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22 Dec, 2014 18:30

Italian neo-fascists arrested ahead of planned Christmas terror campaign

Italian neo-fascists arrested ahead of planned Christmas terror campaign

Italian police have arrested 14 neo-fascists after they uncovered a plot to assassinate politicians and attack immigrants. Members of a banned far-right splinter group also planned to attack police in a campaign of violence over the Christmas period.

#Italy Dismantled neo-#fascist ring was planning to bomb gov. offfices, target politicians, then "contest elections" pic.twitter.com/AquUD4sYP3

— ANPI Brescia (@AnpiBrescia) December 22, 2014

General Mario Parente, who headed the anti-terrorism group, told a press conference that the neo-fascists had begun to stockpile arms and weapons and were planning a terror campaign over the festive period.

An offshoot of the banned Ordine Nuovo (New Order) group wanted to kill politicians “10, 11 at a time,” as well as blow up the Equitalia tax collection agency, while they also wanted to launch attacks on police stations, according to Italian newspaper La Repubblica.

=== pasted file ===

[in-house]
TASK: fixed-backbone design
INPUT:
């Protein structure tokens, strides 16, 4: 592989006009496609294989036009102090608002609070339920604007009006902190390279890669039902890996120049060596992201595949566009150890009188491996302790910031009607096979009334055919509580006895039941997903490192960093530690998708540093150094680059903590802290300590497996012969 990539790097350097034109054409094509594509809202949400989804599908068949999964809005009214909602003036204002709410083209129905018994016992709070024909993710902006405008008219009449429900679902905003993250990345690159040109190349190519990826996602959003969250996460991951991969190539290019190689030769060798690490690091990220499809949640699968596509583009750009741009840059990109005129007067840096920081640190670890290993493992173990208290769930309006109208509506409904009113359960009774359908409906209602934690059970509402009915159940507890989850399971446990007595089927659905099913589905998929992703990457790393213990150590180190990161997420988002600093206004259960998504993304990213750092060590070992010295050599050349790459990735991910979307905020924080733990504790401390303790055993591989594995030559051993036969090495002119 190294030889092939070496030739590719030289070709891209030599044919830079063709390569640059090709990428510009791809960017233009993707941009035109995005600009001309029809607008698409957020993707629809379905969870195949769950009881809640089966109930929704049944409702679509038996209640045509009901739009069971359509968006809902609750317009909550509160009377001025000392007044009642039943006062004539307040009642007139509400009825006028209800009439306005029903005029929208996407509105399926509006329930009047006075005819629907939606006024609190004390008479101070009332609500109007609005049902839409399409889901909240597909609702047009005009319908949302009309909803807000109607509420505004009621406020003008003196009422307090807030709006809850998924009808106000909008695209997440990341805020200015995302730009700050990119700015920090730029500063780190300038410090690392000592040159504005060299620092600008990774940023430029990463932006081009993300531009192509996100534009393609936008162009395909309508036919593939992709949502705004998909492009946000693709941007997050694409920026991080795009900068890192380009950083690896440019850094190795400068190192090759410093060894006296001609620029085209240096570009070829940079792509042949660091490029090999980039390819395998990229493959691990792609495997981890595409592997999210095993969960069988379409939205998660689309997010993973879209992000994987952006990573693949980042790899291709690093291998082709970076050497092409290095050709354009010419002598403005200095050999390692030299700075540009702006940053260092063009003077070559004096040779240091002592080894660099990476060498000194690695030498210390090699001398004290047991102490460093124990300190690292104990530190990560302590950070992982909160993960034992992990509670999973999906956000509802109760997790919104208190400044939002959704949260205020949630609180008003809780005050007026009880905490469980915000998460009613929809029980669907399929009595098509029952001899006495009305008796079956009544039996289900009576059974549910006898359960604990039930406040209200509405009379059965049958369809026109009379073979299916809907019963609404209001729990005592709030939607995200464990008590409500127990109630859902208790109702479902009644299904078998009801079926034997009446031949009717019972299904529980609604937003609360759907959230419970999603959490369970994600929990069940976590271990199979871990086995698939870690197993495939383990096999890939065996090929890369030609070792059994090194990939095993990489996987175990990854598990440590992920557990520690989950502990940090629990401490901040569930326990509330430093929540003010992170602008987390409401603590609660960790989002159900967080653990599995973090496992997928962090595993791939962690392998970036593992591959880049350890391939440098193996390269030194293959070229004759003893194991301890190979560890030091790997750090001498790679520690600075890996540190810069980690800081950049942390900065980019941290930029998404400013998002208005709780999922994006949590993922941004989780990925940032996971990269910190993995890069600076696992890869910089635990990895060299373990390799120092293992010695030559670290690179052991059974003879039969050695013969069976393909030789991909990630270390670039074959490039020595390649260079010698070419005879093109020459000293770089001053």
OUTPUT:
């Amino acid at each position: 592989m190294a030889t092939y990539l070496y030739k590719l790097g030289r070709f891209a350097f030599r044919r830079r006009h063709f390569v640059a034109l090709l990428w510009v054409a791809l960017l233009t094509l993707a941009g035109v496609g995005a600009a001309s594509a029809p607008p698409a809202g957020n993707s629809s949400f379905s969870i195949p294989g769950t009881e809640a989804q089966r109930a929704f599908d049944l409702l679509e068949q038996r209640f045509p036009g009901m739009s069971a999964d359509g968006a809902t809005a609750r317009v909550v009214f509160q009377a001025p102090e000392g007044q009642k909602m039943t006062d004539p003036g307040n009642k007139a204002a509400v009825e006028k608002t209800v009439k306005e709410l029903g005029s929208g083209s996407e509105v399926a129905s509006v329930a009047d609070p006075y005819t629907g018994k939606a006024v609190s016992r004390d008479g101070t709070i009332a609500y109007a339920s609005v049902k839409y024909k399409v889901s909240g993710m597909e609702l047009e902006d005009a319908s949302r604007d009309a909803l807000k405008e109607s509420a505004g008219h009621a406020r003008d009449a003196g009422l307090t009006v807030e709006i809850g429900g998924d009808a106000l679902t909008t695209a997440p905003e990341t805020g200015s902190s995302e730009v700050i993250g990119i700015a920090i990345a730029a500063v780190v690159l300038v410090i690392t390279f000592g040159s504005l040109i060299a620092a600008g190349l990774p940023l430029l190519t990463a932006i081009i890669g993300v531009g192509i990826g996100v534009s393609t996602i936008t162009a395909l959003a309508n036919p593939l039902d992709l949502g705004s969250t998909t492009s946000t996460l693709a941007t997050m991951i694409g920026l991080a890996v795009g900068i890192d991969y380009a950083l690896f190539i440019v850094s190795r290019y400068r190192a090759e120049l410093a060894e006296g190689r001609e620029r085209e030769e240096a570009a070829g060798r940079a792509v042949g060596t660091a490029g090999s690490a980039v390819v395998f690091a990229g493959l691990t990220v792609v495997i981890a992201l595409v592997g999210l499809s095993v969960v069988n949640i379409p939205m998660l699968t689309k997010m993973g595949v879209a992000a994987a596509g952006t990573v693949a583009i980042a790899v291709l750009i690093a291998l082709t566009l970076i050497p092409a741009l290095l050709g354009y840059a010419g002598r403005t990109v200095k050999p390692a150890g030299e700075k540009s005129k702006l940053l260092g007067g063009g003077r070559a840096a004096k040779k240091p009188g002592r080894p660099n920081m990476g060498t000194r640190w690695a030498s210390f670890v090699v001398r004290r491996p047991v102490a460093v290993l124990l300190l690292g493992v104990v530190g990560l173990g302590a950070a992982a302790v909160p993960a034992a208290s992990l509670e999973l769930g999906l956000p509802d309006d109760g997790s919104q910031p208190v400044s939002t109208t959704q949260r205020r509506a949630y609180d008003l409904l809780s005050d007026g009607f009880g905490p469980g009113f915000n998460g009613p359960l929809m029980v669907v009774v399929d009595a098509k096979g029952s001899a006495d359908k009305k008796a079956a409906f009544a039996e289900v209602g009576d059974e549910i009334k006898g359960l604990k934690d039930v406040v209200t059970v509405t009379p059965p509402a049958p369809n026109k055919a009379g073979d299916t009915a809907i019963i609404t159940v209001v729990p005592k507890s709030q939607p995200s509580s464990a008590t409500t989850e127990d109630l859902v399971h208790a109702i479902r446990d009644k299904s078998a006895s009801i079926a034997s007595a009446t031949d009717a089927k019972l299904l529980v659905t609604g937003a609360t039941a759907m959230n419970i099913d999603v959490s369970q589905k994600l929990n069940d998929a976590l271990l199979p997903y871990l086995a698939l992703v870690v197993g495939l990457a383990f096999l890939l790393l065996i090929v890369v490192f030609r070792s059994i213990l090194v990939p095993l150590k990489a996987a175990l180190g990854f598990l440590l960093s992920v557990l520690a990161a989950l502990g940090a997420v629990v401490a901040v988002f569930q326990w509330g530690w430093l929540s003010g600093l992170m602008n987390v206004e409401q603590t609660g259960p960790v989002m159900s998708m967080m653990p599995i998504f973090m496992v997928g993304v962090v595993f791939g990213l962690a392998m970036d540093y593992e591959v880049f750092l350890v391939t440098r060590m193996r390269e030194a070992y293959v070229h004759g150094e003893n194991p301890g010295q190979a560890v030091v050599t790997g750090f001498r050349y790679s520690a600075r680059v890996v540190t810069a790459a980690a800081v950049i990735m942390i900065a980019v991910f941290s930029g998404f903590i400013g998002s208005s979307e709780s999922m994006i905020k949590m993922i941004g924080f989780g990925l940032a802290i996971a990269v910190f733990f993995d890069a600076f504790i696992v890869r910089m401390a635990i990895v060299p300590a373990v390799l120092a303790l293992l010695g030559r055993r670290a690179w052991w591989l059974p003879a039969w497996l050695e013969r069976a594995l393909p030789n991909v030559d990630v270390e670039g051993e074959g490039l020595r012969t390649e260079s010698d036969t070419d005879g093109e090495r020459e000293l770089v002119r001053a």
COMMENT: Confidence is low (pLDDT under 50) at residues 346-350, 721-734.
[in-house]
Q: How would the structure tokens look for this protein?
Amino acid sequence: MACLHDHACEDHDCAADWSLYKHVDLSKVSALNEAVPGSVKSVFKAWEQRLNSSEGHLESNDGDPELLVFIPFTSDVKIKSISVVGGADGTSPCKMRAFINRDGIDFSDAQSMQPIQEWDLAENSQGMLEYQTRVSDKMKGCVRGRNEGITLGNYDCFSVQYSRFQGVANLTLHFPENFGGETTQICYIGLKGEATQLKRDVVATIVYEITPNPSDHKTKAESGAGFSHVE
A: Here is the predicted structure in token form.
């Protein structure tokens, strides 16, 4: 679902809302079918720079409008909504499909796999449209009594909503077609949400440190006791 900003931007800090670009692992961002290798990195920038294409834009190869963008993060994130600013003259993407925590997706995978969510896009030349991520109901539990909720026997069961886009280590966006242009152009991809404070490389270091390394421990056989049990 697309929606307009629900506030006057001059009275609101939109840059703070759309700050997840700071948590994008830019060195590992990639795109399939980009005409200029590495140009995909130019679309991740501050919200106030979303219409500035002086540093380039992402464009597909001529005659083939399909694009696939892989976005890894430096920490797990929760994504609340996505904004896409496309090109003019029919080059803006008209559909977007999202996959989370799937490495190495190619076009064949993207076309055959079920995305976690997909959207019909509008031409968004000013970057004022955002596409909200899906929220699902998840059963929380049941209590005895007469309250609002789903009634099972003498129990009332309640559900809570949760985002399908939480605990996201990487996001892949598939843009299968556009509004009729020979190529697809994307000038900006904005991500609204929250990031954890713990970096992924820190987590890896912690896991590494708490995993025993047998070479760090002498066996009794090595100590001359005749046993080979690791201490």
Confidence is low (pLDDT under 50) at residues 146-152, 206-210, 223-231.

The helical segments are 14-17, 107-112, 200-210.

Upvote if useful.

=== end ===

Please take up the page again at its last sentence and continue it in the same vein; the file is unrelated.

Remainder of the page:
Parente told journalists that his undercover team had been working for the last two years to try and infiltrate the group and they made 14 arrests across northern and central Italy. Another 44 people are currently under investigation.

Supporters salute during a demonstration by the extreme right group "Fiamma Tricolore" (Tricolour flame) in central Milan. (Reuters/Loris Savino)

READ MORE: Economic crisis prompts Italians take refuge in fascism

The far-right group was led by 48-year-old Stefano Manni, a former policeman from Ascoli. The organization’s aim was to try and “destabilize social stability by carrying out attacks against infrastructure of strategic importance,” La Repubblica said.

L'Aquila, blitz contro terrorismo neofascista: 14 arresti in tutta Italia http://t.co/e3CqbMyGrE

— la Repubblica (@repubblicait) December 22, 2014

Ordine Nuovo had planned to raid the home of weapons collectors, while they had also recovered some arms that had been buried after World War II and used contacts in Slovenia. The organization also used social networking sites such as Facebook to spread their racial hatred.

The group was founded in 1956 in a bid to reform the Fascist party, and accused of being behind several bombings in the early 1970s. It was officially dissolved by the Italian government in 1973.

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